2.1.e Use SCP for file transfer.
For this lab session I’ll be using:
Ubuntu Desktop 19.04
Cisco 7200 series Router
Out of the box the 7200 series Router that I’m using doesn’t have any flash or disk space available, but you can add them. Under ‘Configuration’ > ‘Memories and disks’ an option to add PCMCIA disks is available.
Here they are on boot-up:
R1(config)# ip domain-name layerunknown.com
R1(config)# crypto key generate rsa general-keys modulus 2048
R1(config)# username admin privilege 15 secret cisco
R1(config)# aaa new-model
R1(config)# aaa authentication login default local
R1(config)# aaa authorization exec default local
R1(config)# ip scp server enable
Host machines are getting IP addresses via DHCP from the Router. The Router’s address is 10.0.0.1.
Testing and verifying SSH.
You might be wondering why I’m specifying the cipher. If I don’t I’ll receive the following error:
Unable to negotiate with 10.0.0.1 port 22: no matching cipher found. Their offer: aes128-cbc,3des-cbc,aes192-cbc,aes256-cbc
Lets actually check the fingerprint. On the Router enter the following command: show ip ssh
Copy from ssh-rsa to the end of the string and put it into a file. Remove any unnecessary white space and newlines and save the file, I saved it as test.pub.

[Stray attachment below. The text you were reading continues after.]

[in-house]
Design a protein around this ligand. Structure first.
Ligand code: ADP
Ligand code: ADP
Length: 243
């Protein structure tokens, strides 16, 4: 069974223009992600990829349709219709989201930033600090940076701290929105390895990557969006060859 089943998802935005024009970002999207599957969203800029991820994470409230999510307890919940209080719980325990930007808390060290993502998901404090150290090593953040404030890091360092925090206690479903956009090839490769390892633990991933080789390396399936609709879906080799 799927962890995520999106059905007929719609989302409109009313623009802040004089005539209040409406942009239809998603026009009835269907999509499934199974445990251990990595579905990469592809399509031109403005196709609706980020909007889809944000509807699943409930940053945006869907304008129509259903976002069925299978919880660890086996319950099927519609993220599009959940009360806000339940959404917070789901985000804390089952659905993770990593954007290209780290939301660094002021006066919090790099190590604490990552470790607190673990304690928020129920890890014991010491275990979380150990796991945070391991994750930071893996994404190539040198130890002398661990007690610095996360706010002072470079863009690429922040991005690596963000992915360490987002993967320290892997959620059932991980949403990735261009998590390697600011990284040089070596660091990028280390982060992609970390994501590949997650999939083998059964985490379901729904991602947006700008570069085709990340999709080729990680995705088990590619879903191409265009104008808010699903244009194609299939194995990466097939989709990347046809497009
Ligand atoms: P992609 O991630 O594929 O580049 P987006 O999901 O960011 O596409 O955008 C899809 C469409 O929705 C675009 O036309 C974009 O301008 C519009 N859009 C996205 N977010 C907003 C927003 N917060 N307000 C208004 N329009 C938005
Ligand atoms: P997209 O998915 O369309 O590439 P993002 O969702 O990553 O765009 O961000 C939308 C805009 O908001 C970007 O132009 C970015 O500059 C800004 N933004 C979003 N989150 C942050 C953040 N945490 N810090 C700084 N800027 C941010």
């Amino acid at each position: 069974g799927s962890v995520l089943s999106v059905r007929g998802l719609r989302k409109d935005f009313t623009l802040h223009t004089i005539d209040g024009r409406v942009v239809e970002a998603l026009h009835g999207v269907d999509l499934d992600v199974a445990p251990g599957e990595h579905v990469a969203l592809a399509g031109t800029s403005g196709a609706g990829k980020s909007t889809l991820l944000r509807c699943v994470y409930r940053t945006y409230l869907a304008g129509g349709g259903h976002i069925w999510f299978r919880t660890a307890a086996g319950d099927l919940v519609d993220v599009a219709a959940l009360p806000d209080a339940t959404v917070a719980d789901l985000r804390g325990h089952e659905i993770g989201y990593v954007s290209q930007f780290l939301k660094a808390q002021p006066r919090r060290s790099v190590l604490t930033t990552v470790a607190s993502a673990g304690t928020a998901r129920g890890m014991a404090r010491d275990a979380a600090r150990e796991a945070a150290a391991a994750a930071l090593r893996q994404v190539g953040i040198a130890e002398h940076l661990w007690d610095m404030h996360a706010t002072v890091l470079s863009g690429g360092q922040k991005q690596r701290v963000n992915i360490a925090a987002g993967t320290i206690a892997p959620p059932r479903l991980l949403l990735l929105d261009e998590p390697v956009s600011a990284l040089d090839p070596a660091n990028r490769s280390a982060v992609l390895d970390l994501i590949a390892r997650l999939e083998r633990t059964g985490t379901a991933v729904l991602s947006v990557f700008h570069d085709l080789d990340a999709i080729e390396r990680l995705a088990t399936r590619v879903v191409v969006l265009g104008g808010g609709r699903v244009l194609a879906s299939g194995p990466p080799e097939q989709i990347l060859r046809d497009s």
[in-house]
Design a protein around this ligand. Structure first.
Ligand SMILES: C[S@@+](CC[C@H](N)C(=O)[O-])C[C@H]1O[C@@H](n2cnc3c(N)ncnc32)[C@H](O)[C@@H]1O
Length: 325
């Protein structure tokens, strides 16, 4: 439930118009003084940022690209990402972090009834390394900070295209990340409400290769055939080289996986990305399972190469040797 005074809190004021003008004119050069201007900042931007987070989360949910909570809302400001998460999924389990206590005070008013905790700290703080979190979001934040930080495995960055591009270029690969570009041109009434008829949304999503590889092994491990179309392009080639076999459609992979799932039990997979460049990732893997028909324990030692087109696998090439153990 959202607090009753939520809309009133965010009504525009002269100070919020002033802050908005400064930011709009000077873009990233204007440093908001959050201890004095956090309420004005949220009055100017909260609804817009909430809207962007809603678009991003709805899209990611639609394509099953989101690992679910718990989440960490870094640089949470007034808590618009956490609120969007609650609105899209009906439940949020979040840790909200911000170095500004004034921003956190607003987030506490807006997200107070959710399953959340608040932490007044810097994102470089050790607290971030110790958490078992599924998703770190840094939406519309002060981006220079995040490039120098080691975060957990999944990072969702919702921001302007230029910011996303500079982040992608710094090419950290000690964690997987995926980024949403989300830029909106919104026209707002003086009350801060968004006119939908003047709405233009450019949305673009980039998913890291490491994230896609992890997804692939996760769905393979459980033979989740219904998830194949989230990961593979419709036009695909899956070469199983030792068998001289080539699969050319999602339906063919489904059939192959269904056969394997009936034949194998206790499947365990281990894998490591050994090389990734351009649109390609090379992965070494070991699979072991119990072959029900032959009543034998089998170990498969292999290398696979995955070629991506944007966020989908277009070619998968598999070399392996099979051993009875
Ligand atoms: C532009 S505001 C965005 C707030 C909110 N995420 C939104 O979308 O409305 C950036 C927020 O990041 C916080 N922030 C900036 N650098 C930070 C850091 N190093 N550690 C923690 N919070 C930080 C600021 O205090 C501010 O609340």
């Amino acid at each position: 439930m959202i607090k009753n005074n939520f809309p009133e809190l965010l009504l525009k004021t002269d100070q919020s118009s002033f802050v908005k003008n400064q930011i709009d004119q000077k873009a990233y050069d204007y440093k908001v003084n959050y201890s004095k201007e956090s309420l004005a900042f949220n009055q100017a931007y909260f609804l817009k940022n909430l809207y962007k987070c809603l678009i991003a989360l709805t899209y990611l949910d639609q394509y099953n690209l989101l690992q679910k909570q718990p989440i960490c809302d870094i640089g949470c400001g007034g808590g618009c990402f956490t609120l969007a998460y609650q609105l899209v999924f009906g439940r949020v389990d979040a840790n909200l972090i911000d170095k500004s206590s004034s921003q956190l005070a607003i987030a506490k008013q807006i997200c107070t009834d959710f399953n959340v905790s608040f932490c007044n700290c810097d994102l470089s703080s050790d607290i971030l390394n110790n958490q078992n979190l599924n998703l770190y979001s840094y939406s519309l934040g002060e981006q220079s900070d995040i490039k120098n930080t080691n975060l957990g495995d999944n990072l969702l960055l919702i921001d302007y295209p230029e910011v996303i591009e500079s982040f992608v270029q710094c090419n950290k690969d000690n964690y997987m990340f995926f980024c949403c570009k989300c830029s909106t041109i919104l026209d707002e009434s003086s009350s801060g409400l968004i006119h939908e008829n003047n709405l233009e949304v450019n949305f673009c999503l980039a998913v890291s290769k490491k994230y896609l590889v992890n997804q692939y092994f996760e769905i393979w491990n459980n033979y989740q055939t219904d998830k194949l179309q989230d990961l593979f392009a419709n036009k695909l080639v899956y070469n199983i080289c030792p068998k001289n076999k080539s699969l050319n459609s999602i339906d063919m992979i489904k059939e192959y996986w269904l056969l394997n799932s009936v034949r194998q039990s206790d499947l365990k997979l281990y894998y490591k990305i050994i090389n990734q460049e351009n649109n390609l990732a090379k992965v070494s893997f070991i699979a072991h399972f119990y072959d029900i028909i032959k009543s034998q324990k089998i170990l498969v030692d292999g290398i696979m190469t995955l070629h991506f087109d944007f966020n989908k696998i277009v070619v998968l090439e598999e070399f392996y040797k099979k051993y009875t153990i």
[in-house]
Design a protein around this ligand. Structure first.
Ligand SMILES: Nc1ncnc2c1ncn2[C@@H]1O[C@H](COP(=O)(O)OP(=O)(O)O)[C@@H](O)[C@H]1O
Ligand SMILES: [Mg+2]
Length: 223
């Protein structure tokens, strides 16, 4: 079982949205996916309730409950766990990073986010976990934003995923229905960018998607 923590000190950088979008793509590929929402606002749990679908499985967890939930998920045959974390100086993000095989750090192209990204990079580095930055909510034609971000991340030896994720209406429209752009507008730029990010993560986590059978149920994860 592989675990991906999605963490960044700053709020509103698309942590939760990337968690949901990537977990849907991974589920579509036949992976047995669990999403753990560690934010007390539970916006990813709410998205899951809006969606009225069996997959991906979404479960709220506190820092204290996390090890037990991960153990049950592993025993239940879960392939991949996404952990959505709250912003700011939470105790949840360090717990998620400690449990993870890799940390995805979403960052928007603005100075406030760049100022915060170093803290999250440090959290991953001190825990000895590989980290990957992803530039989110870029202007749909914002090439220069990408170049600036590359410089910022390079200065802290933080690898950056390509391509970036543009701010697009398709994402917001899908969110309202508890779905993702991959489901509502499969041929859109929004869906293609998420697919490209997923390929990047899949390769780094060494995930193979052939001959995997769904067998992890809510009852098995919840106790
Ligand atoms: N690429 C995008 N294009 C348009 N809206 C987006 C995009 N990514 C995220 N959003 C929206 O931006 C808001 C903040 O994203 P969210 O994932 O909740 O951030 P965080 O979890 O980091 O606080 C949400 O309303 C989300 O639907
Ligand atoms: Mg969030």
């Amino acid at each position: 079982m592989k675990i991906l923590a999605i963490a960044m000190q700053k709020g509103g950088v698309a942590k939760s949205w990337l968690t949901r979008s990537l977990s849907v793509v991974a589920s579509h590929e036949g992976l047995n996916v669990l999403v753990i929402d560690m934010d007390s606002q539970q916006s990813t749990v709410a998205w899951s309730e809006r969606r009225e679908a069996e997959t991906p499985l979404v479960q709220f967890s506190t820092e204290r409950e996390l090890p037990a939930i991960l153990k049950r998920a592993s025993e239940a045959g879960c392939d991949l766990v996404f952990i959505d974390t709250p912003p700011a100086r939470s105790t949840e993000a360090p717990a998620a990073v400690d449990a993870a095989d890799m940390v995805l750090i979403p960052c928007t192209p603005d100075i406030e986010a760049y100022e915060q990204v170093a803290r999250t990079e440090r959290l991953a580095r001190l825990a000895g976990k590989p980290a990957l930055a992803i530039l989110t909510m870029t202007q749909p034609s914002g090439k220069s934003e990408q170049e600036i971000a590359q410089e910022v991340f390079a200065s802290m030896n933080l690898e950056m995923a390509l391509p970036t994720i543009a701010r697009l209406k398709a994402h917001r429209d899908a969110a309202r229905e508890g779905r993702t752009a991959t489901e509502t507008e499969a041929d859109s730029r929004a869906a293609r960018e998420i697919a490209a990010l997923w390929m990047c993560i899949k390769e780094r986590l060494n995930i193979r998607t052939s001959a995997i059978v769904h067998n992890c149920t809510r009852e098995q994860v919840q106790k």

Then execute the following command: ssh-keygen -lf test.pub
Specifies the filename of the key file.
-l Show fingerprint of specified public key file. For RSA and DSA keys
ssh-keygen tries to find the matching public key file and prints its fin‐
gerprint. If combined with -v, a visual ASCII art representation of the
key is supplied with the fingerprint.
Comparing the output from that command to the RSA fingerprint we received when making the initial SSH connection we can see they match.
We’ve verified we’re connecting to the right device and that SSH is working. Lets test the PCMCIA disks work.
copy running-config disk0:
Now for SCP.
I’ll first copy the running-config we just saved to disk0 from the router to my local machine. The following commands are being executed from the Ubuntu host.
scp -c aes256-cbc firstname.lastname@example.org:disk0:/running-config /home/admin/Desktop
This command is logging into the remote host at 10.0.0.1 with the username admin then copying the file ‘running-config’ from disk0 and placing it onto my Desktop.
Then I’ll test the other direction by uploading test.pub from my local machine to disk0 on the router.
scp -c aes256-cbc ~/Desktop/test.pub email@example.com:disk0:/test.pub
See the results in the screenshot below:
Using the dir and more commands on the router we can verify this.
SCP lab complete.
Now that we’ve done that, here’s the bad news. Recently, multiple SCP vulnerabilities have been discovered. See here.